Dairy prices hemorrhaging

Dairy prices plunged the last full week of March and the bleeding continues as COVID-19 fear reigns supreme, pulling Class III milk futures down with them. Cheddar block cheese did a free fall of 15 cents on Friday alone, as uncovered offers took them to close at $1.59 per pound, down 24.75 cents on the week and 5.5 cents below a year ago. The barrels finished Friday at $1.34, down 9 cents, 26.25 cents below a year ago and 25 cents below the blocks. Monday’s trading took 15.25 cents off the blocks, and they fell 10.75 cents Tuesday to $1.33, down 54.25 cents in two weeks, mirroring CME prices in December 2018, and the lowest they have been since May 23, 2016. The barrels gave up 4 cents Mond

February Ag Prices Received Rises, Prices Paid Decreases

February Prices Received Index Up 1.8 Percent The February Prices Received Index 2011 Base (Agricultural Production), at 90.4, increased 1.8 percent from January and 0.1 percent from February 2019. At 85.9, the Crop Production Index was up 4.4 percent from last month and 0.9 percent from the previous year. The Livestock Production Index, at 94.8, decreased 3.7 percent from January and 0.4 percent from February last year. Producers received higher prices during February for market eggs, oranges, turkeys, and cotton but lower prices for lettuce, broilers, soybeans, and milk. In addition to prices, the indexes are influenced by the volume change of commodities producers market. In February, the

Crop Progress - State Stories

COLORADO: This report for Colorado is for the week ending March 29, 2020. Topsoil moisture 12% very short, 22% short, 65% adequate, 1% surplus. Subsoil moisture 8% very short, 24% short, 67% adequate, 1% surplus. Barley planted 8%, 2% 2019, 4% avg. Winter wheat pastured 8%, 21% 2019, 12% avg; jointed 1%, 1% 2019; 1% avg; Winter wheat condition 11% very poor, 16% poor, 22% fair, 45% good, 6% excellent. Cows calved 62%, 55% 2019, 55% avg. Ewes lambed 58%, 53% 2019, 46% avg. Livestock condition 1% very poor, 4% poor, 27% fair, 60% good, 8% excellent. Cattle death loss 72% avg, 28% light. Sheep death loss 49% avg, 51% light. Pasture and range condition 4% very poor, 9% poor, 30% fair, 51% good,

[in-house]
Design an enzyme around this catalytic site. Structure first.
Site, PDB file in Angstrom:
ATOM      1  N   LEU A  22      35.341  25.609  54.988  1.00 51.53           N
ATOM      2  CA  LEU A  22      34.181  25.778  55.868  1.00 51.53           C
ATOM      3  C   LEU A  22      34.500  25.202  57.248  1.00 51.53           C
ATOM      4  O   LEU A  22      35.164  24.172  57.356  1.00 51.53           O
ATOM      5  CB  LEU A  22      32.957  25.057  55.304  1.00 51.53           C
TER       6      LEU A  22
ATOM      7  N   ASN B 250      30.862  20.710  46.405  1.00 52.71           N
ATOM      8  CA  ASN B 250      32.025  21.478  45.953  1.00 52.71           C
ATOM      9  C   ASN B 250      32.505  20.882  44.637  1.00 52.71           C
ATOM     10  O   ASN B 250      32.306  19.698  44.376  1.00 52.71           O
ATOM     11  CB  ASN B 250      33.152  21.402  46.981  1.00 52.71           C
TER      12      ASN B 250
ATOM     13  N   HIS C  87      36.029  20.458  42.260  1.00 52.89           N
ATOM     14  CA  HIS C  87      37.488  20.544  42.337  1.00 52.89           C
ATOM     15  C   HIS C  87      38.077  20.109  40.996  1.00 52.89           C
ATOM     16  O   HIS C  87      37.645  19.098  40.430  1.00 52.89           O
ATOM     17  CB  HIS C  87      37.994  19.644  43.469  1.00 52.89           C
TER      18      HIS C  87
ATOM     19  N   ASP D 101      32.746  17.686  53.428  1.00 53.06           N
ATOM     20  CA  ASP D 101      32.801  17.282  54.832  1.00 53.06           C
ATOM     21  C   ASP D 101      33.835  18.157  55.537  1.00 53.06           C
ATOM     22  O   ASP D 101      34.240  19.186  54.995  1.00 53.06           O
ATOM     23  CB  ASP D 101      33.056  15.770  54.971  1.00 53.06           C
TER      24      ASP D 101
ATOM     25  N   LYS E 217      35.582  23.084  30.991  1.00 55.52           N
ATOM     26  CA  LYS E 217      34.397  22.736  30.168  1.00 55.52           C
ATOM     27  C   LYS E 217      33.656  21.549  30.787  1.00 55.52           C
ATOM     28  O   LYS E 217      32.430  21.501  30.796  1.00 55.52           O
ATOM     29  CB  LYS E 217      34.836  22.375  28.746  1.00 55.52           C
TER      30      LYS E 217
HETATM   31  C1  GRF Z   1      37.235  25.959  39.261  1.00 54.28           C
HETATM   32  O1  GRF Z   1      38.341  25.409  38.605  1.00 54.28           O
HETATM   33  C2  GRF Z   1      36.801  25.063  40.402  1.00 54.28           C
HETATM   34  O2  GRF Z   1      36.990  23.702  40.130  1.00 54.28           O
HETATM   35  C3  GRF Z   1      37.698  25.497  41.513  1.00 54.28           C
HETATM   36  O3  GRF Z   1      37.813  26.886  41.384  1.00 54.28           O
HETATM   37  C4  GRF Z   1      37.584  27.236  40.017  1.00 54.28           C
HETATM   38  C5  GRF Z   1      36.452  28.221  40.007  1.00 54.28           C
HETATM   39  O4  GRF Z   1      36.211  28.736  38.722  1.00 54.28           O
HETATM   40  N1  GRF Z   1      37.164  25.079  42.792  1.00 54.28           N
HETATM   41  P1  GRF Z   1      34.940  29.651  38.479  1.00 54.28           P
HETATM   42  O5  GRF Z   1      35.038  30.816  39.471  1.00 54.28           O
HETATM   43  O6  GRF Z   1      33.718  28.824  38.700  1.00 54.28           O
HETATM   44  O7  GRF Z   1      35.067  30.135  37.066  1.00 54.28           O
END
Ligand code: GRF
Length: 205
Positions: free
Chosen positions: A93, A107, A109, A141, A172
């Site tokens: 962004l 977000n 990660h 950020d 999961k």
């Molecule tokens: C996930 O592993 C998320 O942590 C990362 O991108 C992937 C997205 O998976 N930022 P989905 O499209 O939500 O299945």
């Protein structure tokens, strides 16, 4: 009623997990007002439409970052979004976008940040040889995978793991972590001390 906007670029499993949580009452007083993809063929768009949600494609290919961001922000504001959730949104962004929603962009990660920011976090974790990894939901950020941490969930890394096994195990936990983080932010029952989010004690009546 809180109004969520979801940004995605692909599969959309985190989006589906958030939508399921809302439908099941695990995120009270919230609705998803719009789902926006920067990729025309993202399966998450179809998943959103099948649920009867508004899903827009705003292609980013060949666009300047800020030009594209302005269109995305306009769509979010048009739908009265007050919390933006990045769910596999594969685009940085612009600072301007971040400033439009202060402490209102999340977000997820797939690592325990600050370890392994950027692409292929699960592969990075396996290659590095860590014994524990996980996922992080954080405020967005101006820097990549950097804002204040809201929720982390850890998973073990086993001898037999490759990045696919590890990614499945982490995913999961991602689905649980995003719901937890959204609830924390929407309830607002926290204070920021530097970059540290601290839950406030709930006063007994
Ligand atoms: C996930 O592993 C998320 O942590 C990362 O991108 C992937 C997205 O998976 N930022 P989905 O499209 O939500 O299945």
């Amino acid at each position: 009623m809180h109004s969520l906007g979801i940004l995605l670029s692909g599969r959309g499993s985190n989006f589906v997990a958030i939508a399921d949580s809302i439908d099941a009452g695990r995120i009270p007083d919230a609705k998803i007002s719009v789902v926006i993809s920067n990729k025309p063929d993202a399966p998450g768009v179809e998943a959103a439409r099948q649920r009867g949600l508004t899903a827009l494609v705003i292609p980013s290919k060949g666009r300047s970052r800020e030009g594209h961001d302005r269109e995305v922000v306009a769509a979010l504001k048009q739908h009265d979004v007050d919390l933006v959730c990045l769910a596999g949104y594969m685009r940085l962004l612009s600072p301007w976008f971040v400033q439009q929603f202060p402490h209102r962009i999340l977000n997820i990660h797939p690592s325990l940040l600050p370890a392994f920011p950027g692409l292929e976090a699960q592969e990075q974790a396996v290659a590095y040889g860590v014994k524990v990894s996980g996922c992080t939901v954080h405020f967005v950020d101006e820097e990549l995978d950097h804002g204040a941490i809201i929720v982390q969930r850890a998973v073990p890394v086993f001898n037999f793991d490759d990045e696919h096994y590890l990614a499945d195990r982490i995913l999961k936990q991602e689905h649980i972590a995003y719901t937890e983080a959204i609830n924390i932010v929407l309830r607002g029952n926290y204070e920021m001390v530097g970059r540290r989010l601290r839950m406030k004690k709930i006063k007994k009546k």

Less than Half of U.S. Dairy Farms Signed up for DMC

Fewer dairy farmers chose to opt into the Dairy Margin Coverage Program that was authorized in the 2018 Farm Bill. At the beginning of this year, the forecast was for an improving dairy economy and the USDA prediction tool that showed either low or no DMC payments this year. However, the rapidly-evolving situation brought on by the COVID-19 outbreak is a reminder about how important safety net programs can be in agriculture. DMC is a voluntary, insurance-style program that makes payments when the national average income-over-feed-cost margin falls below a coverage level selected by each farmer. Coverage is available from $4 a hundredweight to as much as $9.50 per hundredweight. At the time o

Fluid Milk and Cream - Western U.S. Report 13

California milk supplies continue to be available for all processing needs. Many customers have stocked up on bottled milk to insure they have enough if the stores were to close. As a result, some grocery stores’ shelves are empty and Class I demands have hit the roof. Class III sales are also trending higher. Moving milk across regions is still possible for California handlers, but it is a bit costlier. Arizona milk production is strong. Milk loads are readily accessible to processors. However, they also continue to help with out-of-state milk clearing. Bottled milk sales are up despite the closing of educational institutions during this coronavirus outbreak. Milk buying for use i

This Week's Drought Summary (3/26)

Storms delivered much-needed precipitation to California’s key watershed areas before soaking an area from the southeastern Plains into the Ohio and Tennessee Valleys with as much as 2 to 4 inches of rain. Some of the rain overlapped existing drought areas in southern Texas, providing substantial relief. Widespread precipitation also fell across the remainder of the West, except in the northern Rockies. Significant precipitation was also noted in Iowa and environs, while wind-driven snow blanketed parts of northeastern Colorado and western Nebraska. In contrast, warm, dry weather dominated the lower Southeast, including Florida, boosting irrigation demands and further reducing topsoil moistu

Coronavirus sours milk prices

Dairy Outlook: Dairy economists advise farmers to cut milk production 2% to 3% now. Prospects for higher milk prices in 2020 were riding high in January and February, and then along came the coronavirus. “The world has turned upside down. Back in January, we were forecasting a great year for dairy farmers. Milk prices were going to average way above 2019,” says Bob Cropp, University of Wisconsin-Madison dairy economist. Now with COVID-19, that’s no longer the case. Cow numbers have risen, and an increase in milk per cow is not helping matters, Cropp says. “Cow numbers went up about 9,000 head from January and 21,000 from December,” he explains. “Production per cow is up 1.4%. That give